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Apple document attempts to explain alleged backdoors in iOS

updated 09:22 am EDT, Wed July 23, 2014

Tools intended strictly for diagnostics, file capture, company says

In another step to address concerns of possible backdoors in iOS, Apple has published a newdocument explaining what three services are intended to do. The first,, is said to support "diagnostic packet capture from an iOS device to a trusted computer," something useful for "troubleshooting and diagnosing issues with apps on the device as well as enterprise VPN connections." Another,, "supports limited copying of diagnostic data from a device."

The company adds that file_relay is "separate from user-generated backups, does not have access to all data on the device, and respects iOS Data Protection. Apple engineering uses file_relay on internal devices to qualify customer configurations. AppleCare, with user consent, can also use this tool to gather relevant diagnostic data from users' devices."

Lastly, is "used by iTunes to transfer documents to and from an iOS device for apps that support this functionality. This is also used by Xcode to assist in the transfer of test data to a device while an app is in development."

Whether or not this will calm concerns remains to be seen. Forensic software firms are reportedly using the services to help law enforcement, and it's possible that organizations like the NSA are more deeply exploiting the services without Apple's consent. The document may reduce suspicions that Apple has willingly opened up iOS to spying.

by MacNN Staff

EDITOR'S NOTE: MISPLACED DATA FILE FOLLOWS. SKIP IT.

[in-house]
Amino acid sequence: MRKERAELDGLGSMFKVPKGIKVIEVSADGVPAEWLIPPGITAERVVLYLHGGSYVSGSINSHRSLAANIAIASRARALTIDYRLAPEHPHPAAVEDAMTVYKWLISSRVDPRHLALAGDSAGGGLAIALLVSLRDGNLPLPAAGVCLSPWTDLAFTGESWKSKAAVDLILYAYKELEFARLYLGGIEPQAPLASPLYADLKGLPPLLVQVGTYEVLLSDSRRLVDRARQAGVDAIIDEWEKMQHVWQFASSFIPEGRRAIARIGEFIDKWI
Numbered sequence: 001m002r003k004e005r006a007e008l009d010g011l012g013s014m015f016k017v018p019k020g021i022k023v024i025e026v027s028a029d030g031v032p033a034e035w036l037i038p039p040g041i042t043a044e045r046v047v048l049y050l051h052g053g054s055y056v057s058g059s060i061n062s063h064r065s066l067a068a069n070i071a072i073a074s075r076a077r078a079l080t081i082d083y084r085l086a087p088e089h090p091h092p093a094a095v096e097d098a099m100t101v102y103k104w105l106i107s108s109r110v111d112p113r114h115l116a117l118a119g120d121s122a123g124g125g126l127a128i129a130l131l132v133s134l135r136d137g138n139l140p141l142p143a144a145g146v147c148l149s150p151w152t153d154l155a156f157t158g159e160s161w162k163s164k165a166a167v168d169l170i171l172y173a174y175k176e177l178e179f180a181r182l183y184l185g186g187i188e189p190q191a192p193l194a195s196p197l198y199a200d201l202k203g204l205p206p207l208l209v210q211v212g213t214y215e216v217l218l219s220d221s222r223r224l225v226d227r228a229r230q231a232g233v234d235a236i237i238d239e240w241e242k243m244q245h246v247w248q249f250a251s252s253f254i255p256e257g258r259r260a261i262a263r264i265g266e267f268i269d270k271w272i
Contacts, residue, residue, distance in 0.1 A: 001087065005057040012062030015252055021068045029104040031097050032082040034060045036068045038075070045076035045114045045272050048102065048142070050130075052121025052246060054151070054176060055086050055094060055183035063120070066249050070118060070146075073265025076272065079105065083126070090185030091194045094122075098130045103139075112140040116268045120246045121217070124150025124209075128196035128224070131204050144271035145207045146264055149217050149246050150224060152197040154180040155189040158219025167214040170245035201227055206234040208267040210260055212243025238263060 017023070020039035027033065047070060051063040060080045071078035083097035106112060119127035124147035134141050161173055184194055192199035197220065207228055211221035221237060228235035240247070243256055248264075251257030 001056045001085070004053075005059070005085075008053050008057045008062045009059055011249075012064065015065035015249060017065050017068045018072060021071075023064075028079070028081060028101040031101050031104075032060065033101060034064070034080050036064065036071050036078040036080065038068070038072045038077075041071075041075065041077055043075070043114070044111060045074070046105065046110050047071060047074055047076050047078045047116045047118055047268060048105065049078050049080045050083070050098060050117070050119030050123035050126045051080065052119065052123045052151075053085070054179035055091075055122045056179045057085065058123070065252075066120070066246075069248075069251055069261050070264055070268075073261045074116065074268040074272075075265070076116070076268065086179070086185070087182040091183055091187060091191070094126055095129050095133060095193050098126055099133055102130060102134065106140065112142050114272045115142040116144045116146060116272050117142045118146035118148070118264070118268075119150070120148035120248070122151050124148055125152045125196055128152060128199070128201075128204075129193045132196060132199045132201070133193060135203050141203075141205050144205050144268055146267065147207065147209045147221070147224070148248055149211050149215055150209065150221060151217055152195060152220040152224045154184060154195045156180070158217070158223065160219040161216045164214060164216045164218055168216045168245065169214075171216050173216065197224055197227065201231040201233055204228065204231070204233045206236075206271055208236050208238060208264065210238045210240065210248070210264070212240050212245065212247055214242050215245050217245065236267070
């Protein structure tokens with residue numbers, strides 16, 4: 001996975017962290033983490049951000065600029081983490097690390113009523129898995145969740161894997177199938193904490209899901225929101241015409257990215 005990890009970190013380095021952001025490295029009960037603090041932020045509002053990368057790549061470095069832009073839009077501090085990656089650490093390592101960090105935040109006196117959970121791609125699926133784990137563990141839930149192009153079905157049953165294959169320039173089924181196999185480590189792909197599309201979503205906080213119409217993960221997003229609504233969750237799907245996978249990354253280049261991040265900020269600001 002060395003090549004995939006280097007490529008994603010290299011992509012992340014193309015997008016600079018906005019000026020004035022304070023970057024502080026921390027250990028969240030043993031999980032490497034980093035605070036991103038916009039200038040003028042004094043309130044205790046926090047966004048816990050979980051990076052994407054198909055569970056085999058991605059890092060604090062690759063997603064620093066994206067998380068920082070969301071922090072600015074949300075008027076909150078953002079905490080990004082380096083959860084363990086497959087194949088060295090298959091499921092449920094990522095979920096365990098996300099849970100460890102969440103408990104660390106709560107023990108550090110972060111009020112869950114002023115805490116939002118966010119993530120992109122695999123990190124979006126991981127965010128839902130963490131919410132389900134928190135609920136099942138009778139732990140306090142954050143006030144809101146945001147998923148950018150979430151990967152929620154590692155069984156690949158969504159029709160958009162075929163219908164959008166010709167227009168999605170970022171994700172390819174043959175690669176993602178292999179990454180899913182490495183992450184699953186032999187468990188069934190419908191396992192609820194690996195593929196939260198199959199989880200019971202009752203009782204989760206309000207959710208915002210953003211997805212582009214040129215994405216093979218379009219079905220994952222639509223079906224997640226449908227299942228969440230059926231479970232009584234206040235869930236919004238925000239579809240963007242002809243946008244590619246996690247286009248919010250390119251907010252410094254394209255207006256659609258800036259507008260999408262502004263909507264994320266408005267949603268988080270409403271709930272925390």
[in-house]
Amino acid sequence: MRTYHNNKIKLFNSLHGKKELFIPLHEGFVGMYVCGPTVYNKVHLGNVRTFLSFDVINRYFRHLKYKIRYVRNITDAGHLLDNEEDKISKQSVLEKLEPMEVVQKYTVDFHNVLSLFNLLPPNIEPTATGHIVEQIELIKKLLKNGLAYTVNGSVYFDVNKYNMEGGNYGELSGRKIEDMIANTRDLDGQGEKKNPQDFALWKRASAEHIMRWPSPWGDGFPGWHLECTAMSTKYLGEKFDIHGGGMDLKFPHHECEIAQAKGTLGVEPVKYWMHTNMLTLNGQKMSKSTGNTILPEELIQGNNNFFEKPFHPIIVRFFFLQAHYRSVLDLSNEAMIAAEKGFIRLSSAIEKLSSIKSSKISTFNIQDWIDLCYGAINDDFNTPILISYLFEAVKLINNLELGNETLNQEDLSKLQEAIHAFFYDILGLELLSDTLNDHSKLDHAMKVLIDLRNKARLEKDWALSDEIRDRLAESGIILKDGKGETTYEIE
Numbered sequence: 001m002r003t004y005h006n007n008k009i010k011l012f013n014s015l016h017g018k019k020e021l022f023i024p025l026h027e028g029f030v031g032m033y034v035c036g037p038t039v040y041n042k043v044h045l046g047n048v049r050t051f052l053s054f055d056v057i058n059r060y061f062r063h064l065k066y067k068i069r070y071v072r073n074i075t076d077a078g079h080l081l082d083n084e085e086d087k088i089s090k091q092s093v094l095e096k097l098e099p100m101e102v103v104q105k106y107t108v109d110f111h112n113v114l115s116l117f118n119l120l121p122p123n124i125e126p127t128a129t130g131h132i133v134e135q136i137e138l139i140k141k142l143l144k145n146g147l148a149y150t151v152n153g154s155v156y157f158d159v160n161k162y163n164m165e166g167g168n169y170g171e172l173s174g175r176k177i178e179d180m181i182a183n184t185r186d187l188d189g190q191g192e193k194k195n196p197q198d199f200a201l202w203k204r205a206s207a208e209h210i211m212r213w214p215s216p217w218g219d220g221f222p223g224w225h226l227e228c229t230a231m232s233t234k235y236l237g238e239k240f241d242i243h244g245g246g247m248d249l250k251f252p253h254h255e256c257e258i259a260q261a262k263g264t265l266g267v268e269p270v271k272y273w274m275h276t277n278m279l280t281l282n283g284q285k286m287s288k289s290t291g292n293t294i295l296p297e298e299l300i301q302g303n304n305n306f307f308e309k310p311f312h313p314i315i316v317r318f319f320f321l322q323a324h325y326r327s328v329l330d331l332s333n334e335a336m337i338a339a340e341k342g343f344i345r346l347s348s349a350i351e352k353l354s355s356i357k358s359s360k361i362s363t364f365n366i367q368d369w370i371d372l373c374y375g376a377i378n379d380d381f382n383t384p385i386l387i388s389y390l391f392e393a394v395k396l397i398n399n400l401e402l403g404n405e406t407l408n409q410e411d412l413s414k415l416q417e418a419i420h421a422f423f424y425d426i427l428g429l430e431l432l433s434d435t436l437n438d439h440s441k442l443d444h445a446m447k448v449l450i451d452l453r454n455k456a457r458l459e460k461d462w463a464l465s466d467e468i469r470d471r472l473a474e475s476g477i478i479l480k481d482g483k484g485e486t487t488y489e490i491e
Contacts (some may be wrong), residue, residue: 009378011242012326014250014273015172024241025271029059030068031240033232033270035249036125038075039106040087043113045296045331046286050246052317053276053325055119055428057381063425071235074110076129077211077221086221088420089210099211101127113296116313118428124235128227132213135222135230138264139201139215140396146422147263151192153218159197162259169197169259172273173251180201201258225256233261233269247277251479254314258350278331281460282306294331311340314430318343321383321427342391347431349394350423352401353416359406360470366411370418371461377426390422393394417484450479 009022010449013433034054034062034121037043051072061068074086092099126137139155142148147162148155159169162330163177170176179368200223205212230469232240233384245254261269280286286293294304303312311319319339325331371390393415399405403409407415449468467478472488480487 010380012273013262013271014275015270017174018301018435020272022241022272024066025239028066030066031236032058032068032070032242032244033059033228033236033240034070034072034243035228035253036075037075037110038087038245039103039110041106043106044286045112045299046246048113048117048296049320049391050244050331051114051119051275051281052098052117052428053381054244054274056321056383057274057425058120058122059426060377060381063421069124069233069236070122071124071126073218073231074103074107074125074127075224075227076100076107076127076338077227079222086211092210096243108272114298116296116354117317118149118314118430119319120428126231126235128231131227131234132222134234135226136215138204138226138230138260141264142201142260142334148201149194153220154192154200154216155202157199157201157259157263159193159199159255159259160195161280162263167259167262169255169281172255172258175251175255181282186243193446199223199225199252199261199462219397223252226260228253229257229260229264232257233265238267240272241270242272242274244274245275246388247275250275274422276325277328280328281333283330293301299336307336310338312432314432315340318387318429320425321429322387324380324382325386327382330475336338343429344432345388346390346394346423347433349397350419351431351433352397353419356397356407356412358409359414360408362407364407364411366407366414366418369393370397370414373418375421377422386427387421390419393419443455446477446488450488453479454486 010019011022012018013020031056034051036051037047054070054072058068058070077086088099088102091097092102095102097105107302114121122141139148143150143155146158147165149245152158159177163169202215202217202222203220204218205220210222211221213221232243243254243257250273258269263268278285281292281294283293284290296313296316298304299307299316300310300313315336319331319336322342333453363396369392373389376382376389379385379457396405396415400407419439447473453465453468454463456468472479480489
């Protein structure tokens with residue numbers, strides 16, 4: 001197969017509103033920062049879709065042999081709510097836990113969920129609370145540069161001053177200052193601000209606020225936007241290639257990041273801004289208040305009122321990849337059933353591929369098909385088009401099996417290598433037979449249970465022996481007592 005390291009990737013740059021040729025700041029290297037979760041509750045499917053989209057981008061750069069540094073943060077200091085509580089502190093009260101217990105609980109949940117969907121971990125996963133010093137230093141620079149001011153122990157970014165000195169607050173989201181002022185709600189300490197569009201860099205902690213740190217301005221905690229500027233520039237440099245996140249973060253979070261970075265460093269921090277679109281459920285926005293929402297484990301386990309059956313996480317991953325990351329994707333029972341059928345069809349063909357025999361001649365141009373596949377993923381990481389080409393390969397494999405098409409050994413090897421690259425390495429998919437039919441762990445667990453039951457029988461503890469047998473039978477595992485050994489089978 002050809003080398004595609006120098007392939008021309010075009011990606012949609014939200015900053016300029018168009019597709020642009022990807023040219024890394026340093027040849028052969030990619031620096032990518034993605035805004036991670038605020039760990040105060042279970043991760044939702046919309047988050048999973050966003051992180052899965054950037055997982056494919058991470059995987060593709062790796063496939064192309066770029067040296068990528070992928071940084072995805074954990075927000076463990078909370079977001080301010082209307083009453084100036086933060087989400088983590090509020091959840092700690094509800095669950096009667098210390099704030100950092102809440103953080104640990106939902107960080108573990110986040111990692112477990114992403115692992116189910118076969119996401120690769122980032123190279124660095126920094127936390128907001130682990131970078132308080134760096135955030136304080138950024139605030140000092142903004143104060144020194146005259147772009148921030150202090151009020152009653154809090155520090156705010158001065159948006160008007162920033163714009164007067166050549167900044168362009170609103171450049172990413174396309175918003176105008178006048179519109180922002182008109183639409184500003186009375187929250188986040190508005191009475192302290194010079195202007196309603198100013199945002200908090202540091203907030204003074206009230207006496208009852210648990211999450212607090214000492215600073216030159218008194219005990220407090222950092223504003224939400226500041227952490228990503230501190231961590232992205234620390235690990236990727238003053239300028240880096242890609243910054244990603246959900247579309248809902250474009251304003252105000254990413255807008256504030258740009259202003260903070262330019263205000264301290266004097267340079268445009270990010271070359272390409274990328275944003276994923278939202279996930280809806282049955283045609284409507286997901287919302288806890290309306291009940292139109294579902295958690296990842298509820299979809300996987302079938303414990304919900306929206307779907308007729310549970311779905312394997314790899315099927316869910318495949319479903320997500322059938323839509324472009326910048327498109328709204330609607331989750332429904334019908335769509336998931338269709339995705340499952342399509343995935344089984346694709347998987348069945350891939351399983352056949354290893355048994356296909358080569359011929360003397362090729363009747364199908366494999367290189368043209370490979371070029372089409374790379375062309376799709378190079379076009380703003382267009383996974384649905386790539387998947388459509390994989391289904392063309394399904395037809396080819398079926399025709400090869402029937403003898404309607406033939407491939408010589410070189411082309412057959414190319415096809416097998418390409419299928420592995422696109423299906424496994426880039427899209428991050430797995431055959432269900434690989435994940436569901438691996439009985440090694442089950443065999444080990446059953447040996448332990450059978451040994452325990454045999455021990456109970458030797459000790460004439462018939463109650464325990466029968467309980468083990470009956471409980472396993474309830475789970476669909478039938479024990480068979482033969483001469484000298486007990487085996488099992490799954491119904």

1. Inkling

    Senior User

    Joined: 07-25-06

    There's nothing wrong with building in diagnostic backdoors during development. But once development is complete, those backdoors should be removed. That's where Apple's failure lies.


    Professional Poster

    Joined: 02-23-00

    Originally Posted by InklingView Post

    There's nothing wrong with building in diagnostic backdoors during development. But once development is complete, those backdoors should be removed. That's where Apple's failure lies.

    Who's development, Apple's or all the people developing software for iOS using actually phones? Its been a long time since any computer was complete when shipped.

  1. DiabloConQueso

    Fresh-Faced Recruit

    Joined: 06-11-08

    Calling these processes "backdoors" is sensationalism. It's using a loaded word in order to evoke an emotional response rather than usind a word that more aptly describes the actual function. It's similar to calling a simple ear piercing "flesh mutilation" or a friendly punch on the shoulder "intentional and deliberate assault."

    "Backdoor" insinuates that the process or functionality can be used to gain access to the device outside the bounds of what the process is supposed to be limited to do. It also carries with it the idea that the processes have an intentional goal of allowing unauthorized or secret access to a device.

    Call them "exploitable processes" if you want -- it's more accurate.

    Just for kicks Apple should rename some of the music playing processes things like "crack_password" and "secret_analyzer" and "NSAauth_only" and watch the uninformed and ignorant world crap its pants and whip itself up into a frenzy only paralleled by the sensationalism and misinformation surrounding things like the Illuminati, 9/11 truthers, and moon landing deniers.

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